The entire Western Cape was recently declared a disaster zone in order to handle the ongoing drought. The province’s average dam levels are at their lowest in more than 100 years in what’s been declared the most severe drought since 1904.
MEC Alan Winde told News24 that the Western Cape Government made the declaration to speed up the reaction time for the deployment of resources to manage the water shortage. The Premier of the Western Cape, Helen Zille, who officially made the declaration in May, said: “The disaster declaration will accelerate the Western Cape Disaster Management Centre’s project ‘Avoiding Day Zero’, which is the province’s strategy to ensure that taps do not run dry”.
In 2016, the Karoo and West Coast municipalities were declared disaster zones but after the ongoing drought the disaster zone has now been stretched out to the entire province. Winde said the disaster area declaration will help municipalities deal with issues of blockages in the procurement process to tackle the ongoing drought.
As it stands, the disaster will be classified for a three-month period which can run on, if the need arises. Premier Zille stressed that the project “Avoiding Day Zero”, steered by the Western Cape’s Provincial Disaster Management Centre (PDMC), has three primary focus areas which include demand management, winter conservation and groundwater management.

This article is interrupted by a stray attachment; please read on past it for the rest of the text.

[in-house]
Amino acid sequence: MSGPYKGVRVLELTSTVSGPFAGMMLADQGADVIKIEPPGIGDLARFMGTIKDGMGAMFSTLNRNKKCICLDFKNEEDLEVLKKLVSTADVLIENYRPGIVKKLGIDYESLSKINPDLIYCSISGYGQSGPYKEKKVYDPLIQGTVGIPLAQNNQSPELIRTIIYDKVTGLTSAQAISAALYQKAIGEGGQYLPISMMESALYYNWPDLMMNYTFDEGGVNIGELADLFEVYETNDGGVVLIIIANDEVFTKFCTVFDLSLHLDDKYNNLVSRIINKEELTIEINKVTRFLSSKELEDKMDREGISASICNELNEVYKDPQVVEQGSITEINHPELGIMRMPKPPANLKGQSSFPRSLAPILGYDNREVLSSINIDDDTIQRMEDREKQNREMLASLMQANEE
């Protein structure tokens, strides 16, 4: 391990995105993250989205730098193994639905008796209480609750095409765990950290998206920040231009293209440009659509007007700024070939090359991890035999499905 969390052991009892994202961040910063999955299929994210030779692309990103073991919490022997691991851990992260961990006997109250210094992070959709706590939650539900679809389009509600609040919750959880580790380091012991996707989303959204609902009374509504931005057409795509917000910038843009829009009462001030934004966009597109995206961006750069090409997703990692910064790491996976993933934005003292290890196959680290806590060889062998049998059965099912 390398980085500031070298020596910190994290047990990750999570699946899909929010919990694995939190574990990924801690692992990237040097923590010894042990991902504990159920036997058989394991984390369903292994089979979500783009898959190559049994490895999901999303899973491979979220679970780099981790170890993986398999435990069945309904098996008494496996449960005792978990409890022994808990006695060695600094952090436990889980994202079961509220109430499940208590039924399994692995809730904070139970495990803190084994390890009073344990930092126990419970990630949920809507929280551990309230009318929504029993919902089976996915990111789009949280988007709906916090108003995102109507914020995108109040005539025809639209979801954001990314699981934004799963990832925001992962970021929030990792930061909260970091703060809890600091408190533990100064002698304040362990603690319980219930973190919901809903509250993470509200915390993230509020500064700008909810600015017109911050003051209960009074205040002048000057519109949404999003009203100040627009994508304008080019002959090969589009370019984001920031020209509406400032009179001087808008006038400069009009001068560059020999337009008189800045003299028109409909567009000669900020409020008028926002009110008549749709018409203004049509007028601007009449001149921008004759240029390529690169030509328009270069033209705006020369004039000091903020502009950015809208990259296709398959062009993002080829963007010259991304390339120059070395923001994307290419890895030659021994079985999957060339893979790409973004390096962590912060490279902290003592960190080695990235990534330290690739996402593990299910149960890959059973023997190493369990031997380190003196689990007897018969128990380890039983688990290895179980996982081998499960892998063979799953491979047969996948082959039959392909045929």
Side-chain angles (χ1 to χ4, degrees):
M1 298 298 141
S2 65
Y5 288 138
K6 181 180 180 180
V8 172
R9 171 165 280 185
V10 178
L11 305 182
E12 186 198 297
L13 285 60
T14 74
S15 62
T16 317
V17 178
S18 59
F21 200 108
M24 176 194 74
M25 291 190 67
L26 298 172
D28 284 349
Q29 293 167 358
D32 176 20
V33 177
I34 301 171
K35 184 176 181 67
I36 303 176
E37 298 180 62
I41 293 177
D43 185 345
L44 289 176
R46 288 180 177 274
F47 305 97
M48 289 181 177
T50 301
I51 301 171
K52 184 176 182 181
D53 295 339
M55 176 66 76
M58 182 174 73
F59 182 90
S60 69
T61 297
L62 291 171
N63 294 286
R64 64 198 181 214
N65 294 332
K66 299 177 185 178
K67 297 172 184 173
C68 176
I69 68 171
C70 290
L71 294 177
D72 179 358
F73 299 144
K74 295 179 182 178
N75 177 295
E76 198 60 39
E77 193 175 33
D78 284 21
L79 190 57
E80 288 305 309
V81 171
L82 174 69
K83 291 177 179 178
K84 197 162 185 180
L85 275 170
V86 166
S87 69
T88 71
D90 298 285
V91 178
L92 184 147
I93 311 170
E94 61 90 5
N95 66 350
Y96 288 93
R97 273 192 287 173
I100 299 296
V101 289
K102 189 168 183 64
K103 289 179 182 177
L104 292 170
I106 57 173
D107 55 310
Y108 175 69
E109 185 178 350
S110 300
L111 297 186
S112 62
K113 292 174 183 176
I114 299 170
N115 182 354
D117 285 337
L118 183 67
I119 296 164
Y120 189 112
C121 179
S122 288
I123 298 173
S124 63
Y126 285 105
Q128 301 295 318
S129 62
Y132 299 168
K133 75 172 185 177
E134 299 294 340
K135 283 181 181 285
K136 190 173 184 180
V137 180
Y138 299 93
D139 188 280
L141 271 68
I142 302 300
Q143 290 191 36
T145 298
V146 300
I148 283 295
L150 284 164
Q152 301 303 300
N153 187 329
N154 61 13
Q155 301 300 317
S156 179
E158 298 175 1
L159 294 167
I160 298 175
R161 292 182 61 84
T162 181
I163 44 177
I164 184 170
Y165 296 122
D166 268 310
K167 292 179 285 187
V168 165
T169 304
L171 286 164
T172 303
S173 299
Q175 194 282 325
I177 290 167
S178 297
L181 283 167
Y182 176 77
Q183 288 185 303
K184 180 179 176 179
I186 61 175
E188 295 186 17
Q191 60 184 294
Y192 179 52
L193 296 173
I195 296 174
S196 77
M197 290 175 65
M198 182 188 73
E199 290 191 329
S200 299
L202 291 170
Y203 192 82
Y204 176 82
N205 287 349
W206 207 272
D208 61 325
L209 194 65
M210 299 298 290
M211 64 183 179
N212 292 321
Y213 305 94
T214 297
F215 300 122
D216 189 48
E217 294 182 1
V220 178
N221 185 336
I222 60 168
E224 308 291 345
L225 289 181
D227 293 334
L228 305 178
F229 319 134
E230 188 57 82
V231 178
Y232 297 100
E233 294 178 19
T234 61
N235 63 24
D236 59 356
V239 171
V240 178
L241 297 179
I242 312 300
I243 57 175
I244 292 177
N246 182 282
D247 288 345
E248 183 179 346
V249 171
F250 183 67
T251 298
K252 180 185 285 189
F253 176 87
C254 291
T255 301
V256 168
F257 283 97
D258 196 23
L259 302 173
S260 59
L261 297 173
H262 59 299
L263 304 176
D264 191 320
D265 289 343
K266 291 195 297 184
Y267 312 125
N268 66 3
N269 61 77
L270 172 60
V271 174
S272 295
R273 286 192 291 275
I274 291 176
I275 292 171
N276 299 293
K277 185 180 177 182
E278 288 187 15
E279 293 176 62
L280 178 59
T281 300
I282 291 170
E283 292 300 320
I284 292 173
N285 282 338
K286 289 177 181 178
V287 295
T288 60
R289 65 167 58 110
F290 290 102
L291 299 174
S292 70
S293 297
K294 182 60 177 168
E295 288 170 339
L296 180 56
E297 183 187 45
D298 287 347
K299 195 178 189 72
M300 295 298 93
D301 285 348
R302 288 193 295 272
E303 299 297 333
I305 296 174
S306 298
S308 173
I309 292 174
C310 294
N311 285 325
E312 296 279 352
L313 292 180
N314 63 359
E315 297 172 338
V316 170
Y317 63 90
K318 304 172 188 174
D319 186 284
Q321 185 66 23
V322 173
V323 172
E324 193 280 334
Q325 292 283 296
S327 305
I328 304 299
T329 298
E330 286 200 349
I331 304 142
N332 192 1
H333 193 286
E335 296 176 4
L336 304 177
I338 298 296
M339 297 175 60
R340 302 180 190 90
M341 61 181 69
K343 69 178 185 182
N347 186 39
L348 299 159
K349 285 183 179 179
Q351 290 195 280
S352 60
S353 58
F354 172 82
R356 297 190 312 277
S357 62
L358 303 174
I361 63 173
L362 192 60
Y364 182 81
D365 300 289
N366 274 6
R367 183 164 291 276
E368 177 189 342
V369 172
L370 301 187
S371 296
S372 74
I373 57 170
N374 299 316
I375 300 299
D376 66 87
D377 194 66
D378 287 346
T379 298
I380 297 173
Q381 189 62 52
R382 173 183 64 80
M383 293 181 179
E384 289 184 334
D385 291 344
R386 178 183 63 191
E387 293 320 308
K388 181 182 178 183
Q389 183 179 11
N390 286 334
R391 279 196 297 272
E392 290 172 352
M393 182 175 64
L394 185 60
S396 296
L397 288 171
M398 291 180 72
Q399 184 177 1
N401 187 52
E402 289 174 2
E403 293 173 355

Source: Blue North
While she told the public that the declaration was no cause to panic, as it would merely afford the province additional powers of intervention, she emphasised that it was critical for all residents to continue saving water and to stick to enforced restrictions by affected municipalities. She added that while it remains a cause for concern, the Western Cape Government believes the current drought is an opportunity to think of new ways of saving water and to act responsibly in the way the province makes use of its water resources.
The province received some long-awaited rainfall with the storm that hit parts of the Western Cape early in June but according to a CapeTalk report, although dam levels went up slightly, the showers were not enough to take the province out of the drought situation. An ample amount of rain over an extended period of time will be needed for the Cape’s dam water levels to return to normal.
While there are no current water storage projects in the province, the City of Cape Town has highlighted that it is looking into all feasible options to increase sustainable water storage for the city. The province receives its water supply from 44 dams, and currently, many of these have reported levels extremely lower than levels recorded at the same time during previous years, according to the Western Cape Government. We are all encouraged to save water as much as possible. The storm that hit Cape Town also caused a lot of destruction in some places like Imizamo Yethu Township, to the extent of badly damaging homes belonging to families who may now need the assistance of a Personal Loan to cover the cost of rebuilding their homes.